Buried in data from the now-defunct Kepler space telescope, astronomers have uncovered an exoplanet some 300 light-years away that could be a promising home for alien life. The world, named Kepler-1649 c, is just a touch larger than Earth, but instead of orbiting a Sun-like star, it circles a tiny red dwarf, a class of stars known for throwing violent tantrums. But despite living near a potentially hostile host, Kepler-1649 c sits in the star’s habitable zone — where liquid water can exist on the planet’s surface.
At just 106 percent the diameter of Earth, the newfound exoplanet receives about 75 percent of the starlight that we receive from the Sun. These two factors make it a particularly promising candidate for hosting hypothetical life. And by studying Earth-like planets such as Kepler-1649 c, scientists will continue inching their way toward a more complete understanding of the distribution (or lack thereof) of life in the cosmos.
The new findings were published April 1 in The Astrophysical Journal Letters.
Kepler 1649 c: A Strikingly Earth-like Planet
There’s still a lot that astronomers don’t know about the planet, including what its atmosphere is like and whether violent flares from its red dwarf host render the planet uninhabitable. Nevertheless, the find strengthens the case that Earth-like planets might not be as rare as early, observationally biased exoplanetary searches seemed to suggest.
“This intriguing, distant world gives us even greater hope that a second Earth lies among the stars, waiting to be found,” said Thomas Zurbuchen, associate administrator of NASA’s Science Mission Directorate in Washington, in a press release.
A Second Look at Kepler Data
In late 2018, as Kepler ran dangerously low on fuel, NASA decided to retire the space telescope, bringing an end to its nearly decade-old hunt for replica Earths. But even though the telescope has finished searching the cosmos, researchers have continued to comb through the mission’s archived data, looking for overlooked planets.
When scientists search for evidence of exoplanets within Kepler data, they look for tiny drops in the brightnesses of distant stars. This is called the transit method, and, so far, astronomers (usually employing algorithms that autonomously scan the data) have used the method to discover more than 2,000 confirmed exoplanets (plus some 2,500 more promising candidates) in Kepler data. Some of these observed dips in starlight are obvious signs of an exoplanet, like those from a close-in hot Jupiter transiting a star. But other signals are more ambiguous, like when a small Earth-sized planet in a relatively wide orbit passes in front of its host star, blocking just the tiniest portion of the star’s light. However, the algorithm that astronomers often use to analyze Kepler data was known for missing a fair number of planets. This is partly because a transiting planet isn’t the only thing that can cause the brightness of a star to dip. For instance, orbiting clumps of dust can lead to exoplanet-like signals, thought they don’t typically cause the well-defined dips seen in planetary transits. The algorithms often write off such ambiguous signals as “false positives.” But this means some real planets can sometimes fall through the cracks.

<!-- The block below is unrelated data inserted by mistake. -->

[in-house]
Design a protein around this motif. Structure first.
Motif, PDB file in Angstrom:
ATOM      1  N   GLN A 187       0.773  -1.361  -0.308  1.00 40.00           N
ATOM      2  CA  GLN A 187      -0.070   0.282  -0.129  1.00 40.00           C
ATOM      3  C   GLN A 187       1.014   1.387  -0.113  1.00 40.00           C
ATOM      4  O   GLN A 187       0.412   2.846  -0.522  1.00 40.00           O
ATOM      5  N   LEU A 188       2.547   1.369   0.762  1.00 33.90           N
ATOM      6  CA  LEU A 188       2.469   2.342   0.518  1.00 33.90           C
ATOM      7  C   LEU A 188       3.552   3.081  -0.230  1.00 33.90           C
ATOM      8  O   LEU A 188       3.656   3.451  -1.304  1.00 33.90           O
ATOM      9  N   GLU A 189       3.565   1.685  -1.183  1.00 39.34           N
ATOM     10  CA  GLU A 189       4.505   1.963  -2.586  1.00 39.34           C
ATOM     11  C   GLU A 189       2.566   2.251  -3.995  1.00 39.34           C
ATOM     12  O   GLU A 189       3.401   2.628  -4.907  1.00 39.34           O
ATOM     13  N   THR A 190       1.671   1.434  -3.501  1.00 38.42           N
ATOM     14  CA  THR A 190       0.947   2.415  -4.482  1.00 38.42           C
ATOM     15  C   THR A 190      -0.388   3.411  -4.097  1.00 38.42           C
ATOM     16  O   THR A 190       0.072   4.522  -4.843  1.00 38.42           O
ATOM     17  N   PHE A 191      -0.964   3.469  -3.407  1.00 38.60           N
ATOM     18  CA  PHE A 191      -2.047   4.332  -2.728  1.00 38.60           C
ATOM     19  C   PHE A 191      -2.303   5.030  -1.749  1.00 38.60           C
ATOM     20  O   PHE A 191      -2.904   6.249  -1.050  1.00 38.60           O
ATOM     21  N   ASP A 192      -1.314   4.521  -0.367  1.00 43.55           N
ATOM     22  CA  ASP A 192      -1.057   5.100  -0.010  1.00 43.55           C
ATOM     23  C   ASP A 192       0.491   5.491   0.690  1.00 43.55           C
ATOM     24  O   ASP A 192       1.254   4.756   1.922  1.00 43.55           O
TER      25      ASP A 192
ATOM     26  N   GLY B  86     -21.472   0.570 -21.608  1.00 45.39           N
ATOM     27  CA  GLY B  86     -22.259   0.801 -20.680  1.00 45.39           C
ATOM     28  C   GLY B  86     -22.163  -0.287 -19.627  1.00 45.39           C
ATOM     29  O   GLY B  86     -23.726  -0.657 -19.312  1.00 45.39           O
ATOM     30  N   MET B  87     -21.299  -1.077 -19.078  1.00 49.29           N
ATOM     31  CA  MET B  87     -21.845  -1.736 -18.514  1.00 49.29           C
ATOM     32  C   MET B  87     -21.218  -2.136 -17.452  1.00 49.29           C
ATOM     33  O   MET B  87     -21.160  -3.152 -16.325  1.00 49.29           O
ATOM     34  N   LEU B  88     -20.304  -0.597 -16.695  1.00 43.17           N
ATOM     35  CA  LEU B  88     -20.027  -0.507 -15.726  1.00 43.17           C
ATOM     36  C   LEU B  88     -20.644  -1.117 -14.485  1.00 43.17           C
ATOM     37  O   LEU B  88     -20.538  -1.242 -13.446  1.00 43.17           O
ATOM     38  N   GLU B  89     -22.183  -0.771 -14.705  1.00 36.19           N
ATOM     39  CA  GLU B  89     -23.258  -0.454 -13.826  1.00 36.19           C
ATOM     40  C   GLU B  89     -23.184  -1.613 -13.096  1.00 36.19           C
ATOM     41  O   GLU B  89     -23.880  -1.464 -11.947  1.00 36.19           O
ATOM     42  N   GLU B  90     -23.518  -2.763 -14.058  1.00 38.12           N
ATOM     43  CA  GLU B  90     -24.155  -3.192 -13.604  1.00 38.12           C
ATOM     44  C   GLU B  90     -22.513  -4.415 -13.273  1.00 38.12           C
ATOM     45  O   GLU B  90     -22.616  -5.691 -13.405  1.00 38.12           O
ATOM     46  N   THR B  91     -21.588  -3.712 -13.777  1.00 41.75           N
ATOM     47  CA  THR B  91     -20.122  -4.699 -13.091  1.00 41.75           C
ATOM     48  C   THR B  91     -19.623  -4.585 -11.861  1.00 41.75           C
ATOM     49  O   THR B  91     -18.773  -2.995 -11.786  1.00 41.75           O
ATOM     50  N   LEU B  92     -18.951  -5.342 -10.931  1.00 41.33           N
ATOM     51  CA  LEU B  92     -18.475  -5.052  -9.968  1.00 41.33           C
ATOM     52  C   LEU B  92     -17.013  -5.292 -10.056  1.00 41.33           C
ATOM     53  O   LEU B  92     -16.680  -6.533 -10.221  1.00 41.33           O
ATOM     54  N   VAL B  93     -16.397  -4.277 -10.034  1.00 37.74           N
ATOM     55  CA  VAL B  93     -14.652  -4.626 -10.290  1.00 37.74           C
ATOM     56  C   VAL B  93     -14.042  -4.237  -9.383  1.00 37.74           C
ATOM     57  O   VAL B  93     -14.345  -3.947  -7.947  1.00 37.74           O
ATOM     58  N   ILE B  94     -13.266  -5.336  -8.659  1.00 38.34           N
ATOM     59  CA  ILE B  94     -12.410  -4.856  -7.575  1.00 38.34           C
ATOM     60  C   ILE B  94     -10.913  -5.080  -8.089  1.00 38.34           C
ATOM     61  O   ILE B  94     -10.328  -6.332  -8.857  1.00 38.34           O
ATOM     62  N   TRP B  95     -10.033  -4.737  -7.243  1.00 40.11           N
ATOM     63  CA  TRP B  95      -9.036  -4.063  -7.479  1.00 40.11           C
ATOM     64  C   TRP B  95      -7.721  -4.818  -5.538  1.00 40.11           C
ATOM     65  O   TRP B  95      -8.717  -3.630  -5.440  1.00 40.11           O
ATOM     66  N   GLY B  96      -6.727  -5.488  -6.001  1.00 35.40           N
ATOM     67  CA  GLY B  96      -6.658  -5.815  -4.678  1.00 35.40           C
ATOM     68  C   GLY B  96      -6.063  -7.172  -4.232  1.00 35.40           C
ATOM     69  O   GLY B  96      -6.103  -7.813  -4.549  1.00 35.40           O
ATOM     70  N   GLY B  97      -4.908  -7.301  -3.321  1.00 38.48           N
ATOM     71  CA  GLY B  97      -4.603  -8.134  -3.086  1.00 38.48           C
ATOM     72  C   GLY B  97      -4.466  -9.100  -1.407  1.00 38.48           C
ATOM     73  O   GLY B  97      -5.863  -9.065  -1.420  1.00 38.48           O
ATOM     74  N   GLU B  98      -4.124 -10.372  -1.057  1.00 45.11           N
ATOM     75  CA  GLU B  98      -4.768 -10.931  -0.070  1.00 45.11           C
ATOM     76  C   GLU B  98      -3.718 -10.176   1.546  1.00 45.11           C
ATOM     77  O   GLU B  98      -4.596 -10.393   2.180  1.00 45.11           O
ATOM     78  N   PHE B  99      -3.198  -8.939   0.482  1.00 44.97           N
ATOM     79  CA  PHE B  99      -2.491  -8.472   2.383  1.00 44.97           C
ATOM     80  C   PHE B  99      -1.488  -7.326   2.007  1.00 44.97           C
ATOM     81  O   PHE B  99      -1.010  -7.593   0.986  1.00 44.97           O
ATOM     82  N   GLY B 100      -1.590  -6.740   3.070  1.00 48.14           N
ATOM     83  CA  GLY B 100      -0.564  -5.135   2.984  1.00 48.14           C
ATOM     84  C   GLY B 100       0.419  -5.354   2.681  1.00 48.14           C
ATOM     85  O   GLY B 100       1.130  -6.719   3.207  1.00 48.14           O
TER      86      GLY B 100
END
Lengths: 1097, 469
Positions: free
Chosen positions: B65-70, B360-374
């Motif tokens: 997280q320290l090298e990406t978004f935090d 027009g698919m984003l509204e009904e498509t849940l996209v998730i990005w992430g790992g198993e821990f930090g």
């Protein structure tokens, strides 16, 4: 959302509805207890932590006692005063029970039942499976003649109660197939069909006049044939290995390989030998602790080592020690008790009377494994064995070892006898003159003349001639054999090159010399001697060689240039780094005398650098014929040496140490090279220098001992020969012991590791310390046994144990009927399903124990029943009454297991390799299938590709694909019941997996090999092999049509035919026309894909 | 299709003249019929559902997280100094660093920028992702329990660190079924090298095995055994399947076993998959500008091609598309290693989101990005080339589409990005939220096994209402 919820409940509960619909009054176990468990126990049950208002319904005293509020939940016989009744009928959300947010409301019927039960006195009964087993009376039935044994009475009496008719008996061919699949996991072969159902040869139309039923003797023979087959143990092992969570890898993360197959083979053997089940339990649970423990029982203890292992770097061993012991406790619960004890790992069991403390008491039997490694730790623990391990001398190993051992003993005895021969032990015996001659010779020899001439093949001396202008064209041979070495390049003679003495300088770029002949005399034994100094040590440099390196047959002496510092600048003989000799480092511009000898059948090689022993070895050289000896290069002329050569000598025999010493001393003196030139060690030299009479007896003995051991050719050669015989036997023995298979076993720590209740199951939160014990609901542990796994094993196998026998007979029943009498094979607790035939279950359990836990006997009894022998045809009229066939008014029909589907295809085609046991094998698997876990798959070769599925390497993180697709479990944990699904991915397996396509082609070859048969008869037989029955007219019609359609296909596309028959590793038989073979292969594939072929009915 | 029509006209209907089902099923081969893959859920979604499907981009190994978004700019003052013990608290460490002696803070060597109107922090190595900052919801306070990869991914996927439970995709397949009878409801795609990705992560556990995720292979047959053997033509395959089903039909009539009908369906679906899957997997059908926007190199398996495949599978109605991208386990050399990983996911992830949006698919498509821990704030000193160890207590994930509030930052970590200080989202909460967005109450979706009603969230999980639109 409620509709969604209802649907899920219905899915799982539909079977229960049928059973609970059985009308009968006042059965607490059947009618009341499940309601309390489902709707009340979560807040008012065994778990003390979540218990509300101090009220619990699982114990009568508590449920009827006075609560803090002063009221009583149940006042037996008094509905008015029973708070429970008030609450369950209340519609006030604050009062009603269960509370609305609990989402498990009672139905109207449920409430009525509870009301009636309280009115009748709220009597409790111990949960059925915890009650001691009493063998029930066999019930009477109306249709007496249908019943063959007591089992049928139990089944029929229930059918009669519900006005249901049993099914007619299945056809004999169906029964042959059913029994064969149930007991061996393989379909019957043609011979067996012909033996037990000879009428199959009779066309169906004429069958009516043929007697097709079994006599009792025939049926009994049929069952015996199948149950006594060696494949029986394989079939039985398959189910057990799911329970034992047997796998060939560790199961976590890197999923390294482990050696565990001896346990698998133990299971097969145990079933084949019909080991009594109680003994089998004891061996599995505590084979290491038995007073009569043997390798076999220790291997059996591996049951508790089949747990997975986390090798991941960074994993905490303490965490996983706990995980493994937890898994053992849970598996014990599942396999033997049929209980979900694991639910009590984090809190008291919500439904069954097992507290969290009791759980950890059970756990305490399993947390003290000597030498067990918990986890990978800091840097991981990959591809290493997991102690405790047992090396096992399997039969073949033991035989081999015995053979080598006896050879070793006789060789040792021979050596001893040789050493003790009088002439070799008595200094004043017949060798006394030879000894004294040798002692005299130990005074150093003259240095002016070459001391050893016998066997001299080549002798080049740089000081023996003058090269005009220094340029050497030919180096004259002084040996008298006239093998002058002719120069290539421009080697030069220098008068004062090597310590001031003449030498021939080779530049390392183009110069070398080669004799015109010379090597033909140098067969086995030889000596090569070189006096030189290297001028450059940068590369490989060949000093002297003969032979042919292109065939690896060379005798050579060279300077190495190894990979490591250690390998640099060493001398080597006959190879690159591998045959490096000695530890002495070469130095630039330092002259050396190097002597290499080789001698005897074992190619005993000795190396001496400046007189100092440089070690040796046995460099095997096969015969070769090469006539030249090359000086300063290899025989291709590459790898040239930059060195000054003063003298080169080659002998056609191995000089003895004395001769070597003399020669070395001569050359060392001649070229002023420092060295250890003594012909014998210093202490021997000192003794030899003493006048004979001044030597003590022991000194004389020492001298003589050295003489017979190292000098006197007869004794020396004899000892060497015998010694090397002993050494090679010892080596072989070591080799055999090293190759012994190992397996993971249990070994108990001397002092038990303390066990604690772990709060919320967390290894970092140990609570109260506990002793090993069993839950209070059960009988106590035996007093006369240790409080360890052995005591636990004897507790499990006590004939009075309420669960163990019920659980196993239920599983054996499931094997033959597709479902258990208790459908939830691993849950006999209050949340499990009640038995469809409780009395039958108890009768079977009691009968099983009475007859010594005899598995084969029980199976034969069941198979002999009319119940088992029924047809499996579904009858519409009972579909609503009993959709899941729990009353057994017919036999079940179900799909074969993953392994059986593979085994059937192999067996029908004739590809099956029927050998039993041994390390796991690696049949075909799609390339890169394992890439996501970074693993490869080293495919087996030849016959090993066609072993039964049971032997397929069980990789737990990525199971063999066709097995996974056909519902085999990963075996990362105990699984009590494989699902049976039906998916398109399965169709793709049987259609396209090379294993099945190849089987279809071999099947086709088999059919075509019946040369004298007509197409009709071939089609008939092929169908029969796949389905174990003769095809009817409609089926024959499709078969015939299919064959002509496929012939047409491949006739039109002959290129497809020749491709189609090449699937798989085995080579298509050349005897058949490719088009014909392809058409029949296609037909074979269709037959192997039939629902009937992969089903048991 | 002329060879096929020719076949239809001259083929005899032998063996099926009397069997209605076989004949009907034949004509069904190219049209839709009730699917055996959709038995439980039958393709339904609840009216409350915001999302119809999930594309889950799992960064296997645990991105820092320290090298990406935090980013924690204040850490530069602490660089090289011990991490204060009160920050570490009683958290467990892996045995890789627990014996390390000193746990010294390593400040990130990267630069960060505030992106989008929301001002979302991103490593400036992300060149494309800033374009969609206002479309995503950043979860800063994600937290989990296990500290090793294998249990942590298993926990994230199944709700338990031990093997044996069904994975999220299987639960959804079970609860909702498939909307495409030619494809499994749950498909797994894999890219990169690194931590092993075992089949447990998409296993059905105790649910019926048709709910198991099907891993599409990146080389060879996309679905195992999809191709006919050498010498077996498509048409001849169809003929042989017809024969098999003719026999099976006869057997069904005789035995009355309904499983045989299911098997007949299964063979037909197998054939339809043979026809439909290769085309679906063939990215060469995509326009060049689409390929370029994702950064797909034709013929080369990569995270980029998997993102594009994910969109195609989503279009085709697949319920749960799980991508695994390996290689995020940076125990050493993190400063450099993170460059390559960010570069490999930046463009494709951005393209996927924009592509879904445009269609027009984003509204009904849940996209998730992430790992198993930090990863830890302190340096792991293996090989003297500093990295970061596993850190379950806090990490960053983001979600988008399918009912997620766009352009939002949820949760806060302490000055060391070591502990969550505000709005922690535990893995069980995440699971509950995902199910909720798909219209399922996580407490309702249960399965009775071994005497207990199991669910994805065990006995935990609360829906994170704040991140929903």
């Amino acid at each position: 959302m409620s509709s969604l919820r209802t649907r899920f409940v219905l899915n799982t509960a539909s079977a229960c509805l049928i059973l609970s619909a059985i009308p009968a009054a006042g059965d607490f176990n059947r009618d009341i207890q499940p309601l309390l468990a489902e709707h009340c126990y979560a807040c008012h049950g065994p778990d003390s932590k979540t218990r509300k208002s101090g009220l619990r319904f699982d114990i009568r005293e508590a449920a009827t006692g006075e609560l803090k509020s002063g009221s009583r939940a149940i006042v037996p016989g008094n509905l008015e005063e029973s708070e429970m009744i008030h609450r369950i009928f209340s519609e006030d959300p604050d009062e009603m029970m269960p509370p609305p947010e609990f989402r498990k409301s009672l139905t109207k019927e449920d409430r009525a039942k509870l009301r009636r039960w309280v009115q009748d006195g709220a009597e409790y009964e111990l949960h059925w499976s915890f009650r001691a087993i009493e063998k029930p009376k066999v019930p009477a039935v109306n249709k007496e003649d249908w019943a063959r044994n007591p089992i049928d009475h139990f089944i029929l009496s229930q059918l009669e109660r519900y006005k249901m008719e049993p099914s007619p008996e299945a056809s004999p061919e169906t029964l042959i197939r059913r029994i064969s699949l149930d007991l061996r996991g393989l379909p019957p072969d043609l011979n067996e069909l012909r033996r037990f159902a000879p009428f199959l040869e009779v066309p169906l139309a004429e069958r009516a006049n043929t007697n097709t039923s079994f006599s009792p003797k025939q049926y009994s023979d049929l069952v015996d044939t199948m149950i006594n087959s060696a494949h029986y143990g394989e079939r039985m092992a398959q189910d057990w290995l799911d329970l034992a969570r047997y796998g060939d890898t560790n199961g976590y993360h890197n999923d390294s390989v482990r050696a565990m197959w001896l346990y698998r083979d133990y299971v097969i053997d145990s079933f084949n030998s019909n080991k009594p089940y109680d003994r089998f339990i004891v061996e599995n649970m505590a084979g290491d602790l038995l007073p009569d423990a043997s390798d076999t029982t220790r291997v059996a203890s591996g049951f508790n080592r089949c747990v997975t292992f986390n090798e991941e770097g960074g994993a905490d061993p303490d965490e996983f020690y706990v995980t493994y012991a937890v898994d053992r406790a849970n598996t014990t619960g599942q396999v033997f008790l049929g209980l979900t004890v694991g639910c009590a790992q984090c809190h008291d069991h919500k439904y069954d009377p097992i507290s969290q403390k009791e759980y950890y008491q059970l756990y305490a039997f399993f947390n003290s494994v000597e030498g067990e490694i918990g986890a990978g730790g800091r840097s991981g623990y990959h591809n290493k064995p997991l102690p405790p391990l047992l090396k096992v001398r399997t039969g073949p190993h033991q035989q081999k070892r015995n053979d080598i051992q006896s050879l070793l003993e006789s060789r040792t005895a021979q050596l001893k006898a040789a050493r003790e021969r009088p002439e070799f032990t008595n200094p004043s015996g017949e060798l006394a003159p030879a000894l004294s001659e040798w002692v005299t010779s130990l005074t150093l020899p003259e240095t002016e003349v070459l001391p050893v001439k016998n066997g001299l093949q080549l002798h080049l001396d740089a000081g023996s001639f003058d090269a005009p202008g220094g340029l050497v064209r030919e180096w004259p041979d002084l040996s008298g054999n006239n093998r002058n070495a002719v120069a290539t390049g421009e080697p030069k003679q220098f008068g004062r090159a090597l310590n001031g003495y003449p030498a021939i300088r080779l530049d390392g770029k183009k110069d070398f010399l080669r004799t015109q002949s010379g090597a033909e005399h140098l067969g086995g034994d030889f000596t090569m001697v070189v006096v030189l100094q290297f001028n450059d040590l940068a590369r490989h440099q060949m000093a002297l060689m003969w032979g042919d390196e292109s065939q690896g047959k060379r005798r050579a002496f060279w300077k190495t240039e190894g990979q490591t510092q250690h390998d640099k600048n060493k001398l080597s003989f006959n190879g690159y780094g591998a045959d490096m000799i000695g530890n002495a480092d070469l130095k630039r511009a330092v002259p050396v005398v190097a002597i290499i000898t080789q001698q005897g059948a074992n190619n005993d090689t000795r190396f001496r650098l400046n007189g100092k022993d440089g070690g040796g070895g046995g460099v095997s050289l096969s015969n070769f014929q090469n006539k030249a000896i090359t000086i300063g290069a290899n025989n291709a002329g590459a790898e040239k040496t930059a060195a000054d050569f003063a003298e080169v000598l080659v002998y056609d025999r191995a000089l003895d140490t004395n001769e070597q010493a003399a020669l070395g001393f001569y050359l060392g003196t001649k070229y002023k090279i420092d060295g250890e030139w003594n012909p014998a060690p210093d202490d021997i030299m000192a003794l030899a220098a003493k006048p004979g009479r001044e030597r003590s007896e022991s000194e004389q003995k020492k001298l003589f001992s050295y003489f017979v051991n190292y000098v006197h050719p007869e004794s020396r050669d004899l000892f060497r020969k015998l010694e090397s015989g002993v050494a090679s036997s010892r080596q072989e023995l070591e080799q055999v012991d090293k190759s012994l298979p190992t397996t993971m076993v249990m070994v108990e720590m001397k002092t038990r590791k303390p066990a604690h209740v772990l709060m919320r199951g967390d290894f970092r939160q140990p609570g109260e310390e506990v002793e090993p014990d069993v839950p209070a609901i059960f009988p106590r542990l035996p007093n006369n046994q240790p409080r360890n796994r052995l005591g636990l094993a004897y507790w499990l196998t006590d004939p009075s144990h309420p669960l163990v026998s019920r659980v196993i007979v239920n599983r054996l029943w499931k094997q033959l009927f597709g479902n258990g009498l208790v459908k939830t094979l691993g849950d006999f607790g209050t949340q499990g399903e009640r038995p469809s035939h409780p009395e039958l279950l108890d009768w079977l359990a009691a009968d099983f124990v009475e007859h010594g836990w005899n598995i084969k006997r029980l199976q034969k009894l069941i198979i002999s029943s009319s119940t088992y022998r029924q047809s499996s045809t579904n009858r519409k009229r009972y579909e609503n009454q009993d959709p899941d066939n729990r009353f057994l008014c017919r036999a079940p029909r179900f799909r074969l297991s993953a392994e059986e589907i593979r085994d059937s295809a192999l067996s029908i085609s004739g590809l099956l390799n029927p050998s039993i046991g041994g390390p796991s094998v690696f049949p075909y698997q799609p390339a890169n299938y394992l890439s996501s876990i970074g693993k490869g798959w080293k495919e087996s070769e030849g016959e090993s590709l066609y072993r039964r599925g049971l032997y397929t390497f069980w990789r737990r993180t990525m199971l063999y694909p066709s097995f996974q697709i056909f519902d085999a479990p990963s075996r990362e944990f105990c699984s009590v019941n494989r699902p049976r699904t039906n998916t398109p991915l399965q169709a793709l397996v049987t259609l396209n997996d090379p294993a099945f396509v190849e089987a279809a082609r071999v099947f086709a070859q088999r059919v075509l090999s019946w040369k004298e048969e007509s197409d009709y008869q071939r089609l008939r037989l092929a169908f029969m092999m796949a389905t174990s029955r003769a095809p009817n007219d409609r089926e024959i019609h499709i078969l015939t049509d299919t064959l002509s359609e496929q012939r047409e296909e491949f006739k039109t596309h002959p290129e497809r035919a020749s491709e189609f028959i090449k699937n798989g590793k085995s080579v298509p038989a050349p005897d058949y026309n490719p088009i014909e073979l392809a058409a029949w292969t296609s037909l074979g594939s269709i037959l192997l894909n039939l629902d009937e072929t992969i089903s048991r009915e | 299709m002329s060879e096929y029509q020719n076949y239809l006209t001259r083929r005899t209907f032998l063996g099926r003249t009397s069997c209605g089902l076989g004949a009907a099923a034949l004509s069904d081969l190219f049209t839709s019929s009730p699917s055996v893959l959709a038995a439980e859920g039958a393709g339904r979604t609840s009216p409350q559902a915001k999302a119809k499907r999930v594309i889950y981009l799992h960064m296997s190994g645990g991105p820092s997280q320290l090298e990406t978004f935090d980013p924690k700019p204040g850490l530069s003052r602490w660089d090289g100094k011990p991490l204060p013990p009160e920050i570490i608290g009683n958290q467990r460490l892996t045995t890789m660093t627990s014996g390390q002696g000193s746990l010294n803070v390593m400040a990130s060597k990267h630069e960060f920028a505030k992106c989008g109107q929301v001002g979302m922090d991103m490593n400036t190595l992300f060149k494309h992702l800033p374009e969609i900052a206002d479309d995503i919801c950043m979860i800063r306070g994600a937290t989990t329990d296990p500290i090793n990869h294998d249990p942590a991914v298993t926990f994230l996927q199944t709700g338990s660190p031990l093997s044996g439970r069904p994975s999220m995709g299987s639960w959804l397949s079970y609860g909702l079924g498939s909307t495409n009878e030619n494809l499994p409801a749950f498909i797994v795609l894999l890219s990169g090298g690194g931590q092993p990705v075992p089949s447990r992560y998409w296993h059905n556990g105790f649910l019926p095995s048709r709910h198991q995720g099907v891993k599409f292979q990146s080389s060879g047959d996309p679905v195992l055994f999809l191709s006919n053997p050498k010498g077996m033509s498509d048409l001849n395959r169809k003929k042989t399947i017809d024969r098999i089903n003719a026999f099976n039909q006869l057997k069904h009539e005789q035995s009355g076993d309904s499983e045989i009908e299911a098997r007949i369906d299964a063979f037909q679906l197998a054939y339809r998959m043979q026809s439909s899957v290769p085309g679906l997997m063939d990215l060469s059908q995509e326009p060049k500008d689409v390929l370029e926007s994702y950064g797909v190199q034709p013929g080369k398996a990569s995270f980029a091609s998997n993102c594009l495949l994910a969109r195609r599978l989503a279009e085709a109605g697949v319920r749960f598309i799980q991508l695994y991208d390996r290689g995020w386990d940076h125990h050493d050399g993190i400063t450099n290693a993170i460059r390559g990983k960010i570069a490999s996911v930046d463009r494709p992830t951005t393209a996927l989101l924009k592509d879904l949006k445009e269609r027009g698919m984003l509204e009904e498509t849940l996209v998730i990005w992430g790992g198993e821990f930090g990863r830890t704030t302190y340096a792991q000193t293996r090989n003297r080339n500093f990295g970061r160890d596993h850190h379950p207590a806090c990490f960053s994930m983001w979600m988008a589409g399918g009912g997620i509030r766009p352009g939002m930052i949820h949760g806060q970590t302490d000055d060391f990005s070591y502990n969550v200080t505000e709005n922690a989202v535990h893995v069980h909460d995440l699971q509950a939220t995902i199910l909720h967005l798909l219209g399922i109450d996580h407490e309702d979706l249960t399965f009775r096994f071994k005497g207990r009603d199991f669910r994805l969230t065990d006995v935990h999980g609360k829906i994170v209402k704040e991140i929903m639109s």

So, for this study, the researchers opted to double-check previously disregarded Kepler signals in search of overlooked exoplanets. And that’s how they found out that Kepler-1649 c was mislabeled as an error, which set back the discovery for the better part of a decade.
“It’s incredible to me that we just found it now, seven years after data collection stopped on the original Kepler field,” said Jeff Coughlin, a SETI Institute scientist and co-author of the paper.
“The more data we get, the more signs we see pointing to the notion that potentially habitable and Earth-size exoplanets are common around these kinds of stars,” said Andrew Vanderburg, a researcher at the University of Texas at Austin and another of the paper’s co-authors.
“With red dwarfs almost everywhere around our galaxy, and these small, potentially habitable and rocky planets around them,” Vanderburg said, “the chance one of them isn't too different than our Earth looks a bit brighter.”
Editor's Note: A correction was made as the planet is 106 percent the diameter of Earth, not 6 percent as previously printed.